There are also some practical things the OED editors who select the words have to consider: each one must be a standalone headword, one that is family-friendly and not overly long in terms of the senses and sub-entries it contains. But really, when selecting the Word of the Day, all we want to do is show off the OED’s rich content, and provide a moment of stimulation or amusement each day to people who, like us, love to learn more about the English language. (Subscribe here!)
— LateTweeter (@LateTweeter) May 4, 2016
Both uninvite and disinvite are in the OED, although neither has been updated since publication of the first edition. Both words have much the same meaning, so the choice is yours as to which you prefer to use.
#AskAnOEDEditor Do you ever demote a word from the OED? Say, when a neologism doesn’t have the legs you expected?
— Wiley Wood (@wileywoodnorfol) May 5, 2016
Never. As a historical dictionary charting the development of a word in English, once a word is included in the OED, it never comes out. That’s part of the reason for the stringent criteria which a word has to meet before we will include it. We need several independent examples of a word in use and also evidence that the word has been in use for a reasonable amount of time. The exact time span and number of examples may vary: for instance, one word may be included on the evidence of only a few examples, spread out over a long period of time, while another may gather momentum very quickly, resulting in a wide range of evidence in a shorter space of time.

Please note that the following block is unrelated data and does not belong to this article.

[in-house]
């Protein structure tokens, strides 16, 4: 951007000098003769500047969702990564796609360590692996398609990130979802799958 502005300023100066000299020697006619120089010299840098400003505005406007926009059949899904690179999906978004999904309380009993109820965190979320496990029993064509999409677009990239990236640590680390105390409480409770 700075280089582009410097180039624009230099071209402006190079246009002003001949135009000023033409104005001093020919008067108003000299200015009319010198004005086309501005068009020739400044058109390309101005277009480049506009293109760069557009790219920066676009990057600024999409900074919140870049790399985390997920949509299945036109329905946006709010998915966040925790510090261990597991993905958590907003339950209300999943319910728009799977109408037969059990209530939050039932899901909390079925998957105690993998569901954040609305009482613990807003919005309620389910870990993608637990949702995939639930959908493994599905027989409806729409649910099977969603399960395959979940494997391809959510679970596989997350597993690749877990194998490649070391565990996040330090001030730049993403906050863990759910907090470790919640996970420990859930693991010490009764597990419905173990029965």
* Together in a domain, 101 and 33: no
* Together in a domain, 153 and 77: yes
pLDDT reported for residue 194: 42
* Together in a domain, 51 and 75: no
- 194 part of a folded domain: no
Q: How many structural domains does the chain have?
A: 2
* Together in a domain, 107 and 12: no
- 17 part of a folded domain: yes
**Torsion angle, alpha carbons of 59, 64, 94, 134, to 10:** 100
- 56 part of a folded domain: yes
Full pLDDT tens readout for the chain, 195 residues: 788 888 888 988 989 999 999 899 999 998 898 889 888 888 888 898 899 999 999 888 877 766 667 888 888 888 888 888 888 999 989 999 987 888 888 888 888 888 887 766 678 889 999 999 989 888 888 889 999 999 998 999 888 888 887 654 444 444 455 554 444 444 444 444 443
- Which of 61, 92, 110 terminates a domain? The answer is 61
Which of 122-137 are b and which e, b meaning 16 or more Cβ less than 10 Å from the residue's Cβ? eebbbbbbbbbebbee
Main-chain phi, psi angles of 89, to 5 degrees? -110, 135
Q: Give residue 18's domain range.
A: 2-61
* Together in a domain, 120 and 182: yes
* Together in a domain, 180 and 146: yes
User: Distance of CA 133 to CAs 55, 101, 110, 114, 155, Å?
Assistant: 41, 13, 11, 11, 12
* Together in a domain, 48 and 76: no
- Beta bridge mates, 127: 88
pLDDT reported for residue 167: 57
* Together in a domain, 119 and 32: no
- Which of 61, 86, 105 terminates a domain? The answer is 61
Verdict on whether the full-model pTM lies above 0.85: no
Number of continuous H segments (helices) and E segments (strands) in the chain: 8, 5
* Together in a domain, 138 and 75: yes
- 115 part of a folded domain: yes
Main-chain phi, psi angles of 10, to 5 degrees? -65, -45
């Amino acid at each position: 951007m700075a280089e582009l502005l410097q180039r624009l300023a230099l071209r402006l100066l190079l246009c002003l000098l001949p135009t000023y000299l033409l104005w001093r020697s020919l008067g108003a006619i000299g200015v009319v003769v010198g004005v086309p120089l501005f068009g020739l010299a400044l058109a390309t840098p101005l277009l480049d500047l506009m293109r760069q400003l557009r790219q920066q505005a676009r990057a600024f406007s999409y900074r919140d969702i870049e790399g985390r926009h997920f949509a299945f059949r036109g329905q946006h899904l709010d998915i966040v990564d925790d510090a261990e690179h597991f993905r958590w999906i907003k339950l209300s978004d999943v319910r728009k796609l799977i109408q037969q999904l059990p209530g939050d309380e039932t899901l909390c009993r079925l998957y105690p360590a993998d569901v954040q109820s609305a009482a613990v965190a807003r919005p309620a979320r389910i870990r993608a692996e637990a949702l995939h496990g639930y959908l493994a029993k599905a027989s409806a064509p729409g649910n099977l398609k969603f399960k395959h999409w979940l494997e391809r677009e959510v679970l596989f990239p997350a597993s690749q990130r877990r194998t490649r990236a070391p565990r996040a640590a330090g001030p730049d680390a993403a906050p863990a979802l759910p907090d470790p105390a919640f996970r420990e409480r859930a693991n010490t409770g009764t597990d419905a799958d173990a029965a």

How is “tragedy” related to goats and the part of the ear called the “tragus”? I can’t figure it out. Thanks! #AskAnOEDEditor
— Stanley Sack (@stanley_sack) May 5, 2016
The Ancient Greek word for he-goat is ‘tragos’. The Ancient Greek word for tragedy (which is the ultimate etymon of the English word) is ‘tragoidia’, which is apparently from tragos (‘he-goat’) + oide (‘ode’) perhaps so called because a he-goat was offered as a prize in the earliest contests for writing tragedy, or perhaps because the chorus danced around a he-goat before it was ritually sacrificed. Nobody really knows, and some have even doubted that the first element shows the word for he-goat at all.
The same Ancient Greek word is the etymon of the word tragus denoting the small raised cartilage in front of the ear-hole. The reason being that it is typically (in old men) tufted with hairs, making it, apparently, look a bit like a goat’s beard.
What is the correct word, Bigfoot or Sasquatch? They seem to be used interchangeable. I am assuming one is more correct than the other.
Michael Lorezen, via Facebook
The words are generally used interchangeably and denote the same supposed creature. However, Sasquatch is more commonly used in Canada.